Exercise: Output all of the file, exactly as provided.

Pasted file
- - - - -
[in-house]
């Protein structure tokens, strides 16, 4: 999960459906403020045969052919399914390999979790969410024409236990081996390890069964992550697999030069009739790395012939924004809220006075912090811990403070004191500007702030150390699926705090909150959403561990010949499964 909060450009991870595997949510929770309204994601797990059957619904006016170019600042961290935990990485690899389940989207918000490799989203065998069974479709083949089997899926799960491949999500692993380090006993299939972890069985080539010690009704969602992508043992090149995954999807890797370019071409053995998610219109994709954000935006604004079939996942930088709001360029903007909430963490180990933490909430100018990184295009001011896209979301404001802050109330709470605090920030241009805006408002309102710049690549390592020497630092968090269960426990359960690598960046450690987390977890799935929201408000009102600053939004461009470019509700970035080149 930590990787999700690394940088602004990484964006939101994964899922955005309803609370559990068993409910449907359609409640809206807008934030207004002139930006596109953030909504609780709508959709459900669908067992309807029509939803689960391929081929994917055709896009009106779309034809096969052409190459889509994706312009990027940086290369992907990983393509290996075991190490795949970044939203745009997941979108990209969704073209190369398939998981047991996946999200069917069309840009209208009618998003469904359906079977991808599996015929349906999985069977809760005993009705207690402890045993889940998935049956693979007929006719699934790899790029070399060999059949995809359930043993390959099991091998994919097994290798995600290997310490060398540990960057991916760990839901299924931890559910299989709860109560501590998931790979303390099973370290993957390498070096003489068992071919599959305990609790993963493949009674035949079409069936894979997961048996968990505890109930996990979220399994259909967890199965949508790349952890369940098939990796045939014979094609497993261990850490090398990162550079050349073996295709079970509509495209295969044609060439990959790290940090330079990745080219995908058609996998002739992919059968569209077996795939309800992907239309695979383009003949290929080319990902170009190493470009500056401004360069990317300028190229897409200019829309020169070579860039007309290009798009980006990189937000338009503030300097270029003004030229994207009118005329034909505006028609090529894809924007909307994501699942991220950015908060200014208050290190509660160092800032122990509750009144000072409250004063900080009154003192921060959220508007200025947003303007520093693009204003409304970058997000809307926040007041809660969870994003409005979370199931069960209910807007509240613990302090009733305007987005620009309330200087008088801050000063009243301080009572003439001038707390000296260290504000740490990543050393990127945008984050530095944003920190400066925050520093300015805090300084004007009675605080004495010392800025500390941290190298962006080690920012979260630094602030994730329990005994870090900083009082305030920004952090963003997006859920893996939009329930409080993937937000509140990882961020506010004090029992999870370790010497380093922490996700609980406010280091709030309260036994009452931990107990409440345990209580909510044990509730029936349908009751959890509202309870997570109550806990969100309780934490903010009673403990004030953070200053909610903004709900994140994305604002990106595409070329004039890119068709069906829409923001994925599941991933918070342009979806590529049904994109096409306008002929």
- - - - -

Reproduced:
[in-house]
């Protein structure tokens, strides 16, 4: 999960459906403020045969052919399914390999979790969410024409236990081996390890069964992550697999030069009739790395012939924004809220006075912090811990403070004191500007702030150390699926705090909150959403561990010949499964 909060450009991870595997949510929770309204994601797990059957619904006016170019600042961290935990990485690899389940989207918000490799989203065998069974479709083949089997899926799960491949999500692993380090006993299939972890069985080539010690009704969602992508043992090149995954999807890797370019071409053995998610219109994709954000935006604004079939996942930088709001360029903007909430963490180990933490909430100018990184295009001011896209979301404001802050109330709470605090920030241009805006408002309102710049690549390592020497630092968090269960426990359960690598960046450690987390977890799935929201408000009102600053939004461009470019509700970035080149 930590990787999700690394940088602004990484964006939101994964899922955005309803609370559990068993409910449907359609409640809206807008934030207004002139930006596109953030909504609780709508959709459900669908067992309807029509939803689960391929081929994917055709896009009106779309034809096969052409190459889509994706312009990027940086290369992907990983393509290996075991190490795949970044939203745009997941979108990209969704073209190369398939998981047991996946999200069917069309840009209208009618998003469904359906079977991808599996015929349906999985069977809760005993009705207690402890045993889940998935049956693979007929006719699934790899790029070399060999059949995809359930043993390959099991091998994919097994290798995600290997310490060398540990960057991916760990839901299924931890559910299989709860109560501590998931790979303390099973370290993957390498070096003489068992071919599959305990609790993963493949009674035949079409069936894979997961048996968990505890109930996990979220399994259909967890199965949508790349952890369940098939990796045939014979094609497993261990850490090398990162550079050349073996295709079970509509495209295969044609060439990959790290940090330079990745080219995908058609996998002739992919059968569209077996795939309800992907239309695979383009003949290929080319990902170009190493470009500056401004360069990317300028190229897409200019829309020169070579860039007309290009798009980006990189937000338009503030300097270029003004030229994207009118005329034909505006028609090529894809924007909307994501699942991220950015908060200014208050290190509660160092800032122990509750009144000072409250004063900080009154003192921060959220508007200025947003303007520093693009204003409304970058997000809307926040007041809660969870994003409005979370199931069960209910807007509240613990302090009733305007987005620009309330200087008088801050000063009243301080009572003439001038707390000296260290504000740490990543050393990127945008984050530095944003920190400066925050520093300015805090300084004007009675605080004495010392800025500390941290190298962006080690920012979260630094602030994730329990005994870090900083009082305030920004952090963003997006859920893996939009329930409080993937937000509140990882961020506010004090029992999870370790010497380093922490996700609980406010280091709030309260036994009452931990107990409440345990209580909510044990509730029936349908009751959890509202309870997570109550806990969100309780934490903010009673403990004030953070200053909610903004709900994140994305604002990106595409070329004039890119068709069906829409923001994925599941991933918070342009979806590529049904994109096409306008002929």